Feb 15, 2021 1:10:58 PM
General Manager, Finland
It seems everyone these days is talking about how business is becoming digital. True enough. But what we discuss with our clients is not only the digital future of sales, but also how it affects businesses and their sales teams.
This blog is part of our book: The Digital Sales Handbook for leaders in IT. Be sure to claim your own free copy of the book.
Change is inevitable in every area of life. Often it is slow and predictable, but sometimes the unexpected happens. During the COVID-19 pandemic, we have witnessed an astonishing and immediate acceleration in digital commerce. In just the first couple of months, some experts say we saw a 24-month leap forward. Two years in a matter of eight weeks.
Suddenly, businesses are faced with a challenge: their ability to generate revenue and conduct sales is highly dependent on IT experts and their capabilities. Software developers, CRM specialists and data scientists alongside automation tools, CRM systems, data crunching and LinkedIn contact scraping, to mention a few.
A B2B sales leader, for example, may be concerned by the fact that their sales teams are not able to meet clients face-to-face. This is a huge disruption. Those trusted relationships become quite different when there’s no one physically visiting the client to represent the company. Now the efforts of IT leadership and technical experts and their IT solutions become imperative for digital sales. They are critical to somehow offset the impact of missing face-to-face time.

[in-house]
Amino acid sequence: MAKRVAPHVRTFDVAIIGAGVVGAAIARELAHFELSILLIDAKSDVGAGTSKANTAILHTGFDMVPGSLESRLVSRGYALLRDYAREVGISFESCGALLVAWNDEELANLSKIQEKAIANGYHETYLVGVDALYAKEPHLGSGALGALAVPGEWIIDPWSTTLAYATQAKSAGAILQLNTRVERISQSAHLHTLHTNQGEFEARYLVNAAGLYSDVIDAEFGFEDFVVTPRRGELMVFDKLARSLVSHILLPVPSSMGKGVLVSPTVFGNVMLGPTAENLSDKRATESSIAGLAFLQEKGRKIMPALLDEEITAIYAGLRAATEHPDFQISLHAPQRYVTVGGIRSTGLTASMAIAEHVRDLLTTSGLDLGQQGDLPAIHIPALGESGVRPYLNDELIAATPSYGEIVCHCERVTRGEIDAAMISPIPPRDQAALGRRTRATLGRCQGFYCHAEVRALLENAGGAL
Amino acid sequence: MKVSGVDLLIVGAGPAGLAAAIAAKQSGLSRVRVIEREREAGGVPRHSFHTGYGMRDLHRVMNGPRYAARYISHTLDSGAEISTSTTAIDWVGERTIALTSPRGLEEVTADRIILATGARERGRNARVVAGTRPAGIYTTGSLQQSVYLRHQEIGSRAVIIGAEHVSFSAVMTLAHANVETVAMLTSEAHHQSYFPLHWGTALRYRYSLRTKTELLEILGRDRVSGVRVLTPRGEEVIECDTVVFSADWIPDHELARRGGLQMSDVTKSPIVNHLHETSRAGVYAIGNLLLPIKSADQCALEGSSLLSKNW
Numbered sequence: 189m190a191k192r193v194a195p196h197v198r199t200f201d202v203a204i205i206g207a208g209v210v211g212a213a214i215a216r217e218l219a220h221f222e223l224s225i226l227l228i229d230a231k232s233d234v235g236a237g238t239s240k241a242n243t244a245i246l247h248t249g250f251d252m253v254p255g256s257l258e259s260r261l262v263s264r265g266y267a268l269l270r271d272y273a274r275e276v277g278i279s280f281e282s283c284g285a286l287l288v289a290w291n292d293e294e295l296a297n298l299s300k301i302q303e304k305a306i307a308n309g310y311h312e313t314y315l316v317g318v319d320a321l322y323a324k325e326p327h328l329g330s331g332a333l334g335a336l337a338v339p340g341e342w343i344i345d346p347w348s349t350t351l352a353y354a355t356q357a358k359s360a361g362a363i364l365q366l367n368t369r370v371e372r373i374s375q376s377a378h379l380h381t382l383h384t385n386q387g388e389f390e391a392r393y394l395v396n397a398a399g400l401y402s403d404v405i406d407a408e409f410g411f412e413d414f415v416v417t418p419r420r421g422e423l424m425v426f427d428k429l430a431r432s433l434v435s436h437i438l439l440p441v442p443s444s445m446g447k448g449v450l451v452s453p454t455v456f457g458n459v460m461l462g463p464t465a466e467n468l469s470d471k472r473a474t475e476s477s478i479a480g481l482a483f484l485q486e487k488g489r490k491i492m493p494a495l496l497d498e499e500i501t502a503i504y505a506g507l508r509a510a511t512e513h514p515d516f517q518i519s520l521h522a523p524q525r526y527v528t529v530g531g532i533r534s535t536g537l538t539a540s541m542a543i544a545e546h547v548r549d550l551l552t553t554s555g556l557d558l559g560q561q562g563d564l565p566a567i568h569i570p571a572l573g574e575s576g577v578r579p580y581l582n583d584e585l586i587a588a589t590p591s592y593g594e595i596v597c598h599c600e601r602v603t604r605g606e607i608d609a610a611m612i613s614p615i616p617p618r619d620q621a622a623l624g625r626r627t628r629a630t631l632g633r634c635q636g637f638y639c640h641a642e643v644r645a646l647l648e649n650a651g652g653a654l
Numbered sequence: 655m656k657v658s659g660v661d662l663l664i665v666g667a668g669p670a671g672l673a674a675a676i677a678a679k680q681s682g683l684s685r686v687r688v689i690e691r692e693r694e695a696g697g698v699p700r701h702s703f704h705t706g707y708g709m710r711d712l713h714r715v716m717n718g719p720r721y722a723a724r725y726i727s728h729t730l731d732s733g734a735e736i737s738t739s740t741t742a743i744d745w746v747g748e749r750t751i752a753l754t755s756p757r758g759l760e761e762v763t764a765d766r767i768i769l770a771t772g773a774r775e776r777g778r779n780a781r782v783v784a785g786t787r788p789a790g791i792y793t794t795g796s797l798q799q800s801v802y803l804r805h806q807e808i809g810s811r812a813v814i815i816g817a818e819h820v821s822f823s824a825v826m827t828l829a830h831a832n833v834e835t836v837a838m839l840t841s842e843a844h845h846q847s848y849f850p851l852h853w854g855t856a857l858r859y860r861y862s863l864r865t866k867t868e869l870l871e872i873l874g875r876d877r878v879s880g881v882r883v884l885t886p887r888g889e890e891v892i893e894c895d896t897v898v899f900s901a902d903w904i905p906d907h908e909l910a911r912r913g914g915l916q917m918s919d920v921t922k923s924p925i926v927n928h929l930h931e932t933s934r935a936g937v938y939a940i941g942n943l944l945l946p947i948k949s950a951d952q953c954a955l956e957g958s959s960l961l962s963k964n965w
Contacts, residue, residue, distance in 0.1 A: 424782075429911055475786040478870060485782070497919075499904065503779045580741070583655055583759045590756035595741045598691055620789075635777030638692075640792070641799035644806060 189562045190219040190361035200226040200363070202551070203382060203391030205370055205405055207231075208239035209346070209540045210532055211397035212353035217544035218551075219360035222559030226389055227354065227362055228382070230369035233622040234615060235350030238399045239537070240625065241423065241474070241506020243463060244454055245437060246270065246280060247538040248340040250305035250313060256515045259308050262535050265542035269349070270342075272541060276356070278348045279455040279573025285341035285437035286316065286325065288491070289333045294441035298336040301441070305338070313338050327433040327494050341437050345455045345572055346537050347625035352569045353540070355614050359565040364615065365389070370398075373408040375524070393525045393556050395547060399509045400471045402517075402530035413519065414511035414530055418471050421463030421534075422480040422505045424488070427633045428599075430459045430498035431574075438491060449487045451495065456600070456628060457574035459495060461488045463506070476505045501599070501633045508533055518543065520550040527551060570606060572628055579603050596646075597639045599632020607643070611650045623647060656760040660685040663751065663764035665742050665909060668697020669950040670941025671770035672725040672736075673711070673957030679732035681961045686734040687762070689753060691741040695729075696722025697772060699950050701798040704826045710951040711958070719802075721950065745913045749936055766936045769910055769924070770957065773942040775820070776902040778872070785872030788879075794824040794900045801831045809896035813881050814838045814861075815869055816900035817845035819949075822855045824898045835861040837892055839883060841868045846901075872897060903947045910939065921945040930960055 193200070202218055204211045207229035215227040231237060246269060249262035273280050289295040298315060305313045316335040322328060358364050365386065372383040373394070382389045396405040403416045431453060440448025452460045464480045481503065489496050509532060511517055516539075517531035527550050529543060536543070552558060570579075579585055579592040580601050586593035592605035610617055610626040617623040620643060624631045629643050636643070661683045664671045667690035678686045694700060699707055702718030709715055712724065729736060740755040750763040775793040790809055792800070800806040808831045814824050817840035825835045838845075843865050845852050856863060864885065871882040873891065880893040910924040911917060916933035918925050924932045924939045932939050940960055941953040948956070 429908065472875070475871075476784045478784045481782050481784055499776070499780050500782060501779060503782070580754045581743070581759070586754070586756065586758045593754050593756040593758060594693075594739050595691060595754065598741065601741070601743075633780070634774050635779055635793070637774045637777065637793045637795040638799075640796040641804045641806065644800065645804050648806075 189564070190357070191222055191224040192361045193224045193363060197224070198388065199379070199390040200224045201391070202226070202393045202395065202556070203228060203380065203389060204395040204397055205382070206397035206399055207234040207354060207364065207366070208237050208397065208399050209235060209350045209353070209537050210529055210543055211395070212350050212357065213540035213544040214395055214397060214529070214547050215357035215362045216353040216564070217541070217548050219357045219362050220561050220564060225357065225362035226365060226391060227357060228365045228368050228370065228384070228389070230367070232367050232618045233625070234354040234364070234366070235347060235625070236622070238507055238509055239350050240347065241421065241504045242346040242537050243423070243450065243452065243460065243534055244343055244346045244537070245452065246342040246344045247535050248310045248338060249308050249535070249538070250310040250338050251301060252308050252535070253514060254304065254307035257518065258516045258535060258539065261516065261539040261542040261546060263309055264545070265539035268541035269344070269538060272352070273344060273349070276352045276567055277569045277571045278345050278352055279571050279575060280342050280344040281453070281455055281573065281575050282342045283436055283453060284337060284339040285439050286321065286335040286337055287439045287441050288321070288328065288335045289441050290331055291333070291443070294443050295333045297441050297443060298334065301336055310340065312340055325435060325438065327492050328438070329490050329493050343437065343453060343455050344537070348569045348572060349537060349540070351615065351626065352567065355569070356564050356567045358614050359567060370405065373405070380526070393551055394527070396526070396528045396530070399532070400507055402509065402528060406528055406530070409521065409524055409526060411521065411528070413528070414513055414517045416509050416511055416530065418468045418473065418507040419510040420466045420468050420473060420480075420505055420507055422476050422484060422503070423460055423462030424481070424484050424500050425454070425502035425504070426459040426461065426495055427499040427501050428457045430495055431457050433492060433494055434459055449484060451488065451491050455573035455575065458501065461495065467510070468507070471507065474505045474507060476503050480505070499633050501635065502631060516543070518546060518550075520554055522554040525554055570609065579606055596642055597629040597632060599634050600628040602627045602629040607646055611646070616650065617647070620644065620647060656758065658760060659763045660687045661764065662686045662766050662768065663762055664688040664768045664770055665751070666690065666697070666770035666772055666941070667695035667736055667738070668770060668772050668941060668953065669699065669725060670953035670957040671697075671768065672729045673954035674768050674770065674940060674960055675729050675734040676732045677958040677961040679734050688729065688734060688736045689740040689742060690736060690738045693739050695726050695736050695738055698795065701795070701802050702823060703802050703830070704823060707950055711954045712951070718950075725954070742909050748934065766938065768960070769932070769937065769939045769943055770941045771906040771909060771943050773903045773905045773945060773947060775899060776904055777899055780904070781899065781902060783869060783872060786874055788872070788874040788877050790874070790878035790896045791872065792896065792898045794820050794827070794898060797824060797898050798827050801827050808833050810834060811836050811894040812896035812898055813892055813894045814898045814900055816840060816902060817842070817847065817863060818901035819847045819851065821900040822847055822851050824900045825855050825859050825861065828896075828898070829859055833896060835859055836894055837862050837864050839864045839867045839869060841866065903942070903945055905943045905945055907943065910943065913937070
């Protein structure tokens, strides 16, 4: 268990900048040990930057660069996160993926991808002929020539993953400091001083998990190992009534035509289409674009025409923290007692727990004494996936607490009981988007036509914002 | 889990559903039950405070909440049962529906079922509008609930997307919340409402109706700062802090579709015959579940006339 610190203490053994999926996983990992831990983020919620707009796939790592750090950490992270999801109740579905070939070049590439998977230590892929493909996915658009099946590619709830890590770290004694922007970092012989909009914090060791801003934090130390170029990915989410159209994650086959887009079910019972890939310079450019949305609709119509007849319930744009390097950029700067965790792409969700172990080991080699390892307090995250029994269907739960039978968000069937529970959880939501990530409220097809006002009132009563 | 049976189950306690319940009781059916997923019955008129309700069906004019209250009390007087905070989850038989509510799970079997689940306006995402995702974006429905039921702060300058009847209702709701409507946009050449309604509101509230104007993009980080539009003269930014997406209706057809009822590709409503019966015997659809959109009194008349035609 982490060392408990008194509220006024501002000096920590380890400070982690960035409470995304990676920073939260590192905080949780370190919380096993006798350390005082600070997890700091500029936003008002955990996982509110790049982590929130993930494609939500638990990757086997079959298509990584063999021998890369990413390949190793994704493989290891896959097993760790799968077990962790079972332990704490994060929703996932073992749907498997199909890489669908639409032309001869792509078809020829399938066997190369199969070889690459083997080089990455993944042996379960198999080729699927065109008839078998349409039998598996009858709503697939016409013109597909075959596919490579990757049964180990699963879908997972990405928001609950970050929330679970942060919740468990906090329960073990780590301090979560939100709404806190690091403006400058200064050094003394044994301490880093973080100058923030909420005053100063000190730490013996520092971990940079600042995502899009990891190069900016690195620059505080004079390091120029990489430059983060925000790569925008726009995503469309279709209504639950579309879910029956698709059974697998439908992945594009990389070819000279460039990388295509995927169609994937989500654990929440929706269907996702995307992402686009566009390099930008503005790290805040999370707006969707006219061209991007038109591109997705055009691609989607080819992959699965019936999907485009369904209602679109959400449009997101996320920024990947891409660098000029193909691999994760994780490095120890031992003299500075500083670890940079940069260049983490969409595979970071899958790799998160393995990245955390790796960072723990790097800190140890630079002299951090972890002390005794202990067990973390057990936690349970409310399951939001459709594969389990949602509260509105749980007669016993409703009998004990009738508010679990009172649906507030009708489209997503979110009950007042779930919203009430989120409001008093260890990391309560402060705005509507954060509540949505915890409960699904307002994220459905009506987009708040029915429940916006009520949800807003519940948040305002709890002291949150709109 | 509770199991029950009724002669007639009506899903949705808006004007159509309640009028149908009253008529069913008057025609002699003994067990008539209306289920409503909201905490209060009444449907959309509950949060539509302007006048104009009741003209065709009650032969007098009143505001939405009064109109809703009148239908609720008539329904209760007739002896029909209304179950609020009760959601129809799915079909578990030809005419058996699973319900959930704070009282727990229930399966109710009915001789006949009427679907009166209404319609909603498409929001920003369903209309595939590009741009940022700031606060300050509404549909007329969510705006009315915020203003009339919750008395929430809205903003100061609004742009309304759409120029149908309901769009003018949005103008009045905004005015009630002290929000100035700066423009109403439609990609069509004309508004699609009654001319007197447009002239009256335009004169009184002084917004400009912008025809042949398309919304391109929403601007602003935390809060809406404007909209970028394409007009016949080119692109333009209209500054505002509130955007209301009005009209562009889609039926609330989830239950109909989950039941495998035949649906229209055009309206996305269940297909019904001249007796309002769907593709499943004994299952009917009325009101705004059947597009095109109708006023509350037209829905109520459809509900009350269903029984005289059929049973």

It cannot be emphasised enough: Digital sales will have an increasing impact on companies’ revenues in the future. And CIOs, as well as IT and sales and marketing leadership, must embrace the evolution of digital sales. Traditionally, IT leaders’ focus has been on operations and efficiency, and more recently on collaboration with business. Today we find ourselves in the midst of a once-in-a-century global pandemic that has changed the business world forever.
The question now becomes, “How can digital teams and solutions support the sales process in both B2B and B2C?” If your operation’s revenue is dependent on IT specialists, IT experts and IT capabilities, how should your IT leaders grab the wheel and steer their teams out of the storm and into the sunlight? How do they ensure that their — your — ways of working become revenue-focused?
The change you need to make is multifaceted: you are looking at a mindset change, an organisational change and also refocusing your sales architecture and enabling digital capabilities. It’s a systematic change towards a strong collaboration between IT and (digital) sales moving forward.
How can we bring IT leaders and teams closer to sales leaders and their own teams? After all, we’re still acting in a business landscape with far too many siloes scattered throughout organisations. Building this connection between IT and sales is the crucial missing piece.